Senate and House negotiators continued this week to review provisions in the 1998 Defense Department authorization bill that would allow for more employee buyouts, significantly downsize the acquisition workforce, and protect maintenance depots against contracting out.
As the end of the 1997 fiscal year draws near, a congressional source said the negotiators have been working "non-stop" on the bill.
The House version of the bill would cut the Defense acquisition workforce by 124,000 people by the end of fiscal year 2001, including a reduction of 40,000 workers next year. DoD's headquarters staff would be cut by 25 percent, or 12,500 employees, over the next four years as well.
The Senate's version of the bill would extend buyout opportunities through Jan. 1, 2002 to help meet the Quadrennial Defense Review's goal of eliminating 80,000 civilian jobs over the next five years.
In addition, House and Senate negotiators are tackling the politicized issue of DoD's maintenance depots. Several studies have recommended privatizing much of the work done at depots, but members of Congress representing districts in which depots are located have fought to keep those jobs in their districts. Currently, depots are governed by the 60/40 rule, which requires 60 percent of depot work to be performed by government employees, allowing 40 percent to be performed by contractors.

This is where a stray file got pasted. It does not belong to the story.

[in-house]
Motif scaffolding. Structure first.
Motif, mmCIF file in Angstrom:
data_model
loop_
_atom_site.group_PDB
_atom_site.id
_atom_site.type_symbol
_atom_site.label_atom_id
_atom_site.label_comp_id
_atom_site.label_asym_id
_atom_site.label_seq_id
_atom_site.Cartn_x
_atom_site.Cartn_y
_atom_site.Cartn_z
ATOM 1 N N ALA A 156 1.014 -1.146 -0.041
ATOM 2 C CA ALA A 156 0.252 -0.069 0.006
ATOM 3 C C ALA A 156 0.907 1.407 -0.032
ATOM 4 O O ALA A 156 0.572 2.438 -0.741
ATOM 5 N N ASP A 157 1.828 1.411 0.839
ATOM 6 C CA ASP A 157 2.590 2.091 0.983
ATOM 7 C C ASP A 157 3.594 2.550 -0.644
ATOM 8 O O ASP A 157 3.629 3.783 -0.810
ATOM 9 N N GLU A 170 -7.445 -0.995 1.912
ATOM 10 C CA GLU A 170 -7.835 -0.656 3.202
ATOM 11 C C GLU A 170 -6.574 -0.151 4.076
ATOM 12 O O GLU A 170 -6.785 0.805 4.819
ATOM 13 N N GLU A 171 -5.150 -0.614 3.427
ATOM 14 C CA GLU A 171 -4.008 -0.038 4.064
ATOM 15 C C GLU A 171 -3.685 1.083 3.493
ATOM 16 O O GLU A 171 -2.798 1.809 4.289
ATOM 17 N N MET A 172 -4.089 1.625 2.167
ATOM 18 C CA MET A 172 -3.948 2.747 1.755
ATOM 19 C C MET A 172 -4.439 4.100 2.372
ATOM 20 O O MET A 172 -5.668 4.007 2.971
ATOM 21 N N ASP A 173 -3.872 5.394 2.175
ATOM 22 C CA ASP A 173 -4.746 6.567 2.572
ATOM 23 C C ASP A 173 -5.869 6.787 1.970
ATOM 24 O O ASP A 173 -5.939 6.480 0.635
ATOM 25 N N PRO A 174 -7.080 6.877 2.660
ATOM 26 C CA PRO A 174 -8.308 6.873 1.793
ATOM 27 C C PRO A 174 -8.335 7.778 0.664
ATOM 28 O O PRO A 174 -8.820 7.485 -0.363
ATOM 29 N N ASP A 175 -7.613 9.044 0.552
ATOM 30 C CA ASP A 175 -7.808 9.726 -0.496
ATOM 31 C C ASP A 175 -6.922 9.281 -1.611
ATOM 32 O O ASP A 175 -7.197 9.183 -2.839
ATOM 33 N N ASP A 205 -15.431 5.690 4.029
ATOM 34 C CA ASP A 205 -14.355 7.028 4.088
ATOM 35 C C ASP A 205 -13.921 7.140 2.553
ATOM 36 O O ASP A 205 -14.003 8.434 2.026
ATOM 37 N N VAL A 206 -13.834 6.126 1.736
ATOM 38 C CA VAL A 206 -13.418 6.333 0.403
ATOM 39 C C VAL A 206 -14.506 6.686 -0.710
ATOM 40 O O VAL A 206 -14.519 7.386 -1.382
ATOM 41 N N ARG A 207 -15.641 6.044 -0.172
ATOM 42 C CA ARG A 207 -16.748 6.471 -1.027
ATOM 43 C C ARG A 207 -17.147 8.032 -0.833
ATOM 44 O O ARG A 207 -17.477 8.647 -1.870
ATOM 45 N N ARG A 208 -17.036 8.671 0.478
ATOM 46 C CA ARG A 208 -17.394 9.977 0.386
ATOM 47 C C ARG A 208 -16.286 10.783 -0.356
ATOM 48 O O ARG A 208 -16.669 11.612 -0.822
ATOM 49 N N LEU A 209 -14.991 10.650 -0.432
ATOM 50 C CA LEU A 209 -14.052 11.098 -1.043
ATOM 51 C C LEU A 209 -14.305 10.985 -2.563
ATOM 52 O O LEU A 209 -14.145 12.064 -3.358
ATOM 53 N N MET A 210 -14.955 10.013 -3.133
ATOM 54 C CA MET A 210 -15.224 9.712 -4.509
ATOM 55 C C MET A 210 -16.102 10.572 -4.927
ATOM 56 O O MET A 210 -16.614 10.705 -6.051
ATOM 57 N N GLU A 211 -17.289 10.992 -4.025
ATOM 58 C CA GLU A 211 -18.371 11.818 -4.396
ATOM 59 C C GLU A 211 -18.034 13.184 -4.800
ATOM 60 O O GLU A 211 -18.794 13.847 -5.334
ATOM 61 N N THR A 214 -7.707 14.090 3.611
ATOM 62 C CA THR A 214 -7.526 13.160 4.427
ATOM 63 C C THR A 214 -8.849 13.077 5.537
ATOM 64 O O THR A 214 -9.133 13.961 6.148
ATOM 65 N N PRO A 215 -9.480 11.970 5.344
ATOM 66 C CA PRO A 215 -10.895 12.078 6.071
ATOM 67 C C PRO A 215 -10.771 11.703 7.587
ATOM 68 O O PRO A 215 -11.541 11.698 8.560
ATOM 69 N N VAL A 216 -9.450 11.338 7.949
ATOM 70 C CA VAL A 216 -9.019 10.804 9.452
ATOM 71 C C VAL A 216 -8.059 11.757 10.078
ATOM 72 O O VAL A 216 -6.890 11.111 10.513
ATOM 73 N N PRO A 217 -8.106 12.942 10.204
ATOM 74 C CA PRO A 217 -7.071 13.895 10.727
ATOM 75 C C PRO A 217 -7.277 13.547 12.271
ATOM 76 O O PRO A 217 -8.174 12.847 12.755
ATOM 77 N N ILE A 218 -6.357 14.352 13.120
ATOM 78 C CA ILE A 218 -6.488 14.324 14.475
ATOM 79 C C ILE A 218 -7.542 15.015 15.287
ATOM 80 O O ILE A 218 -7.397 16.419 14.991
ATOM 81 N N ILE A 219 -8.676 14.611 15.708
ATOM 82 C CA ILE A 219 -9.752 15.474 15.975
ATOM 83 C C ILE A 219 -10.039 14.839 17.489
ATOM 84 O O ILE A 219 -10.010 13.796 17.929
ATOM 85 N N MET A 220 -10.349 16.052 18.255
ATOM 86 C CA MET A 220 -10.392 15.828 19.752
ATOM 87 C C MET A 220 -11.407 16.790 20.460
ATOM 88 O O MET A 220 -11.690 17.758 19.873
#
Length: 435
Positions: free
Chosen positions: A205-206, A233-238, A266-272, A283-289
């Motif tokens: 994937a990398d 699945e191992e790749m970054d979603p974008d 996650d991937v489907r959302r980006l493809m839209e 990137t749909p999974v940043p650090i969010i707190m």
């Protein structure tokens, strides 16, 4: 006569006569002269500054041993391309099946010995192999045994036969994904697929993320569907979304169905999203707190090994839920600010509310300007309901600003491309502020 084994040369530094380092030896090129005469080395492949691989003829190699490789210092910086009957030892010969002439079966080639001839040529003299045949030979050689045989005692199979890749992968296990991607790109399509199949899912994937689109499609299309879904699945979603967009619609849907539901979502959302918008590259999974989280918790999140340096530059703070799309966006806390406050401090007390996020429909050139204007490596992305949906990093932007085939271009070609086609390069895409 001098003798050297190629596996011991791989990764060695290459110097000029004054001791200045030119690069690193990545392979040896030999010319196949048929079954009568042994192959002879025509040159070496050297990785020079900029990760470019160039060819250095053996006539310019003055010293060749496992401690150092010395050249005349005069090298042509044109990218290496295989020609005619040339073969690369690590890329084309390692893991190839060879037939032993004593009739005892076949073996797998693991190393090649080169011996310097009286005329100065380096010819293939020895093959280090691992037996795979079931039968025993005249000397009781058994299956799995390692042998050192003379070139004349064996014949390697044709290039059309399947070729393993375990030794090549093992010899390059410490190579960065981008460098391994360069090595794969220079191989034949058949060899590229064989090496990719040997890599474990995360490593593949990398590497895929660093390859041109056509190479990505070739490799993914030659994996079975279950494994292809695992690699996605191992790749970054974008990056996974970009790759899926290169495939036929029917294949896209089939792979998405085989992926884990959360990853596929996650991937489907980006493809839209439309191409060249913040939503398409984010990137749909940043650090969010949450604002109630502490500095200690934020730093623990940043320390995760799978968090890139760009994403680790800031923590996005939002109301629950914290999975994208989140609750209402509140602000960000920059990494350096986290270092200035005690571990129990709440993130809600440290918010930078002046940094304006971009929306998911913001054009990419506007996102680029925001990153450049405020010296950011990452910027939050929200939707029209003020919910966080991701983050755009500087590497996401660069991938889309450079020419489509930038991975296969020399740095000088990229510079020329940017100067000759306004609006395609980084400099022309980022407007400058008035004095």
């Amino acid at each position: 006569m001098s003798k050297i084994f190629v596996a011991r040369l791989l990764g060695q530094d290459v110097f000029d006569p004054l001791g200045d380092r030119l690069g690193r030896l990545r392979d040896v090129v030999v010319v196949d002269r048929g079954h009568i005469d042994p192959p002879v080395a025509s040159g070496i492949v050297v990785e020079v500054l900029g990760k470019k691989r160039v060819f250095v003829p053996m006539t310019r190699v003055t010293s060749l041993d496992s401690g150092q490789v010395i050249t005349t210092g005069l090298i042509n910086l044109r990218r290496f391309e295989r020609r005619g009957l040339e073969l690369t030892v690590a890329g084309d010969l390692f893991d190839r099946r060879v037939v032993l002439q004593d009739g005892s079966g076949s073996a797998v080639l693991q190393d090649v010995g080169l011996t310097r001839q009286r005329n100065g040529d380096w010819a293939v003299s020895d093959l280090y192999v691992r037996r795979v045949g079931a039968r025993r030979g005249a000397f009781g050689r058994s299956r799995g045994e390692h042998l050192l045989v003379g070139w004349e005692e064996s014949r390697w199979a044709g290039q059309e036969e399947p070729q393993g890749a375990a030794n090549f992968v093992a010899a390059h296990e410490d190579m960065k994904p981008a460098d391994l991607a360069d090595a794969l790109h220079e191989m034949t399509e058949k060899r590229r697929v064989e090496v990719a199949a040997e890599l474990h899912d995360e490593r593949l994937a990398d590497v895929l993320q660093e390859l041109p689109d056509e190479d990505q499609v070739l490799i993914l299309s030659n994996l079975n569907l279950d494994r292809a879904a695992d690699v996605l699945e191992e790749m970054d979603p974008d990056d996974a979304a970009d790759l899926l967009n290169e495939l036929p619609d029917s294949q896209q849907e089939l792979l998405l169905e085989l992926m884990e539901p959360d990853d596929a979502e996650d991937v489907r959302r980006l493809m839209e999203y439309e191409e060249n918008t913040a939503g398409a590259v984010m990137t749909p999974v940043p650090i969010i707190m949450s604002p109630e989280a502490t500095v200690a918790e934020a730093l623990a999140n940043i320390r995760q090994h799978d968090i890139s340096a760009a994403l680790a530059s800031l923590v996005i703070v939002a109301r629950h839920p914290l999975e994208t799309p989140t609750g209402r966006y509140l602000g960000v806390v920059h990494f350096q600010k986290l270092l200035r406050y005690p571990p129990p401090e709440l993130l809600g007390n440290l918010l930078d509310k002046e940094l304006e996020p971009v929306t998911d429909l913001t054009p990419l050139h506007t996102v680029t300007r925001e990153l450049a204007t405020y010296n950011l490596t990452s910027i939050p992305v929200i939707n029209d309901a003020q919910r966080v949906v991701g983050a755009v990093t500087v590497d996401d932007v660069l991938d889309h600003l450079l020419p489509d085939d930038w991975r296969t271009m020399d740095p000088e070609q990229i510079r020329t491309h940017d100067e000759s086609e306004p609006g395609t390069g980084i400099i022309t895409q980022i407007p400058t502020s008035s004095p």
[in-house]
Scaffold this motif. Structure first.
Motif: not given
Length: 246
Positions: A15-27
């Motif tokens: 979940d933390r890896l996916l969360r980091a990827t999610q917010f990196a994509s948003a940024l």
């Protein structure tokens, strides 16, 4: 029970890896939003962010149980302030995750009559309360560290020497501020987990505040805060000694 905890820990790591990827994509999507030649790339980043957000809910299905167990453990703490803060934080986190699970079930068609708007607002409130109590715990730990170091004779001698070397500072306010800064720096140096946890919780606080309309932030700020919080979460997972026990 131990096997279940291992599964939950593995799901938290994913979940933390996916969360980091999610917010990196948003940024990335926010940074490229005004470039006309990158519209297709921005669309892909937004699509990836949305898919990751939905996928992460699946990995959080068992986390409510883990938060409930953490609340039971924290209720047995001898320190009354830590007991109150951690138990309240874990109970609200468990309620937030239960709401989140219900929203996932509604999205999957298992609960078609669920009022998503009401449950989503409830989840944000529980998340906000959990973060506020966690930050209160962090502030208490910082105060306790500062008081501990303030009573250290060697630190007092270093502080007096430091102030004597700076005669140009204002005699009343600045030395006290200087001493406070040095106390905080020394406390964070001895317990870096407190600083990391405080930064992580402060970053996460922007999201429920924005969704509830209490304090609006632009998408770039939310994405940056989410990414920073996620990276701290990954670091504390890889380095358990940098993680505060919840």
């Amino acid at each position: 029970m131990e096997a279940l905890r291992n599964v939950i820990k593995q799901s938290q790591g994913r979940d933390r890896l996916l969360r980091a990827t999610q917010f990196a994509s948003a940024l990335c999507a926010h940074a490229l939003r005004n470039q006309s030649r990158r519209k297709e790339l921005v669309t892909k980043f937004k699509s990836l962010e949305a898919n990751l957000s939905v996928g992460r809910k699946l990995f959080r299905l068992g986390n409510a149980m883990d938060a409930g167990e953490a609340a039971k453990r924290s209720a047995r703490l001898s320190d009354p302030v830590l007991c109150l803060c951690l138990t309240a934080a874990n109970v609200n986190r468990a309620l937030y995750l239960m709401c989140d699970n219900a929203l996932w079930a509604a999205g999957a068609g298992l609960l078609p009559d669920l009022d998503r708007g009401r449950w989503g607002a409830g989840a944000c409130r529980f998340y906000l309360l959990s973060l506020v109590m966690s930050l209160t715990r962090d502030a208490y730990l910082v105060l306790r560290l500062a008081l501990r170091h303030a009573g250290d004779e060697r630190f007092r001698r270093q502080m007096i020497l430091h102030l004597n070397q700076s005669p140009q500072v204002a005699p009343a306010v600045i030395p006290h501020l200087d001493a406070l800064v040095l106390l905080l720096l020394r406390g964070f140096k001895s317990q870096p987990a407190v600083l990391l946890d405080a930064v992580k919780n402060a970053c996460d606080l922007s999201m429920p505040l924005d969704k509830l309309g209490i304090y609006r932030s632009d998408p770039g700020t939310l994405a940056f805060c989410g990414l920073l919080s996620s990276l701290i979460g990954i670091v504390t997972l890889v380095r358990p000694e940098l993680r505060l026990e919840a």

In negotiations last week, Senate conferees rejected a proposal to replace the 60/40 rule with a 50/50 formula. Other ideas still under consideration include ending privatization-in-place of two major depots and strengthening rules protecting federal employees at depots.
The number of DoD depot workers has been cut almost in half since 1990, to 76,000. The number of depots has dropped from 39 in 1988 to 21 today.